Neil Gershenfeld, Director of MIT’s Center for Bits and Atoms, at the 2014 Solid Conference: Analog telephone calls degraded with distance; digitizing communications allowed errors to be detected and corrected, leading to the Internet. Analog computations degraded with time; digitizing computing again allowed errors to be detected and corrected, leading to microprocessors and PCs. Manufacturing today remains analog; although the designs are digital, the processes are not. Neil Gershenfeld presents emerging research on digitizing fabrication by coding the construction of functional materials, and explores its implications for programming the physical world.
Gershenfeld wrote in his 1999 book, When Things Start to Think: “Beyond seeking to make computers ubiquitous, we should try to make them unobtrusive…. For all the coverage of the growth of the Internet and the World Wide Web, a far bigger change is coming as the number of things using the Net dwarf the number of people. The real promise of connecting computers is to free people, by embedding the means to solve problems in the things around us.”
Recently, Gershenfeld published (with JP Vasseur) “As Objects Go Online” in Foreign Affairs:
“Although the Internet of Things is now technologically possible, its adoption is limited by a new version of an old conflict. During the 1980s, the Internet competed with a network called BITNET, a centralized system that linked mainframe computers. Buying a mainframe was expensive, and so BITNET’s growth was limited; connecting personal computers to the Internet made more sense. The Internet won out, and by the early 1990s, BITNET had fallen out of use. Today, a similar battle is emerging between the Internet of Things and what could be called the Bitnet of Things. The key distinction is where information resides: in a smart device with its own IP address or in a dumb device wired to a proprietary controller with an Internet connection. Confusingly, the latter setup is itself frequently characterized as part of the Internet of Things. As with the Internet and BITNET, the difference between the two models is far from semantic. Extending IP to the ends of a network enables innovation at its edges; linking devices to the Internet indirectly erects barriers to their use…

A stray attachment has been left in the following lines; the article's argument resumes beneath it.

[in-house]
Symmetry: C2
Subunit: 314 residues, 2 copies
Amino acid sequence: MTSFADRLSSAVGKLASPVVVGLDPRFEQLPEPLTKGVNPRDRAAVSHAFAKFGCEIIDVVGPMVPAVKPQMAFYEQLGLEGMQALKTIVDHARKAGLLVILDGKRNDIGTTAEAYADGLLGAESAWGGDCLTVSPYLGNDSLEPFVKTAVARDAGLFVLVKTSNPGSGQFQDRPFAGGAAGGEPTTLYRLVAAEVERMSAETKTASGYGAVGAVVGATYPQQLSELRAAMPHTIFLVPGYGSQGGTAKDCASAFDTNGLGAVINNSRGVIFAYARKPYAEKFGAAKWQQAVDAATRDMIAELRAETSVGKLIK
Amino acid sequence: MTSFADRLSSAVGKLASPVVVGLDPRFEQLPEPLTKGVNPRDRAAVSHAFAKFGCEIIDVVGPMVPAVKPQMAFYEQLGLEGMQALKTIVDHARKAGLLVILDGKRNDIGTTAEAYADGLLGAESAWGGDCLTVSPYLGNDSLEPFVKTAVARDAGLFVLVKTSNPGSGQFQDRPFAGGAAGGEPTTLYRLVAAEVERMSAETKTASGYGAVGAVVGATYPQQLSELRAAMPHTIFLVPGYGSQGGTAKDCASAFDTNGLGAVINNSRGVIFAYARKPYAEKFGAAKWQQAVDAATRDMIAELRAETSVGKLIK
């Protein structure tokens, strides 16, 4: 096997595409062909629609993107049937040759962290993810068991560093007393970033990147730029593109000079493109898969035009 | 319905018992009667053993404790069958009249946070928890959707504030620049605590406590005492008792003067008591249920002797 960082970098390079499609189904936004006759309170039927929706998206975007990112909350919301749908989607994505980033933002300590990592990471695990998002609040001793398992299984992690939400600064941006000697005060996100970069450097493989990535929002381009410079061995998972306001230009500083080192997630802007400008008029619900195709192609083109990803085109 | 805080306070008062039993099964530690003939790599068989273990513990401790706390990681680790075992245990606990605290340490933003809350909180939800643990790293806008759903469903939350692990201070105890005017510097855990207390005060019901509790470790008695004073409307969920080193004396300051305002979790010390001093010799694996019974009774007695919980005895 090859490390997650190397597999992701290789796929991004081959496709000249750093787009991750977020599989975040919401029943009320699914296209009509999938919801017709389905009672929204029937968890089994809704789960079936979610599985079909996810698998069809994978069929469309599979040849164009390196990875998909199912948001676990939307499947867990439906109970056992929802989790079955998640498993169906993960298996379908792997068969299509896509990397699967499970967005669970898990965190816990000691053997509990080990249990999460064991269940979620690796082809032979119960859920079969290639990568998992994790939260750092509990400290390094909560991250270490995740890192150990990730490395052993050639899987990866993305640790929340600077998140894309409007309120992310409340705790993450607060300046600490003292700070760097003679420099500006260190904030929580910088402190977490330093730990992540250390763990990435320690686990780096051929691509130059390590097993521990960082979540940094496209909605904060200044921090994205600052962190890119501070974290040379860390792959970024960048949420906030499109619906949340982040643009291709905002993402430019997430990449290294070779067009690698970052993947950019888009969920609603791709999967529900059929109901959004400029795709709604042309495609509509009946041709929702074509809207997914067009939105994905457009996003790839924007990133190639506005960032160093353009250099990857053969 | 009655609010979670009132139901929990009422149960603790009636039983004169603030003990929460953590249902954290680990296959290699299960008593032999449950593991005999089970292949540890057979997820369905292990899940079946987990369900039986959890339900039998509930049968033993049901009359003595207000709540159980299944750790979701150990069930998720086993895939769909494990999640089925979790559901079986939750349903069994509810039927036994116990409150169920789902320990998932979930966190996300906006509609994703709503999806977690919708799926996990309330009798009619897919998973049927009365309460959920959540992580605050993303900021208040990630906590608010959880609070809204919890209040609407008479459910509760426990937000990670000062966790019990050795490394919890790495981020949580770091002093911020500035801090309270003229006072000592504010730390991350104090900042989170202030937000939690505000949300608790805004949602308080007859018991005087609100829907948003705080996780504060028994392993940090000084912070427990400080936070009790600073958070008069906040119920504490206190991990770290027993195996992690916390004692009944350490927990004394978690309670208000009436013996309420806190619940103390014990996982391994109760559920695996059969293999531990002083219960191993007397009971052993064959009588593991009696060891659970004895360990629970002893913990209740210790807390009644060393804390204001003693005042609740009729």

The size and speed of the Internet have grown by nine orders of magnitude since the time it was invented. This expansion vastly exceeds what its developers anticipated, but that the Internet could get so far is a testament to their insight and vision. The uses the Internet has been put to that have driven this growth are even more surprising; they were not part of any original plan. But they are the result of an open architecture that left room for the unexpected. Likewise, today’s vision for the Internet of Things is sure to be eclipsed by the reality of how it is actually used. But the history of the Internet provides principles to guide this development in ways that are scalable, robust, secure, and encouraging of innovation.
The Internet’s defining attribute is its interoperability; information can cross geographic and technological boundaries. With the Internet of Things, it can now leap out of the desktop and data center and merge with the rest of the world. As the technology becomes more finely integrated into daily life, it will become, paradoxically, less visible. The future of the Internet is to literally disappear into the woodwork.”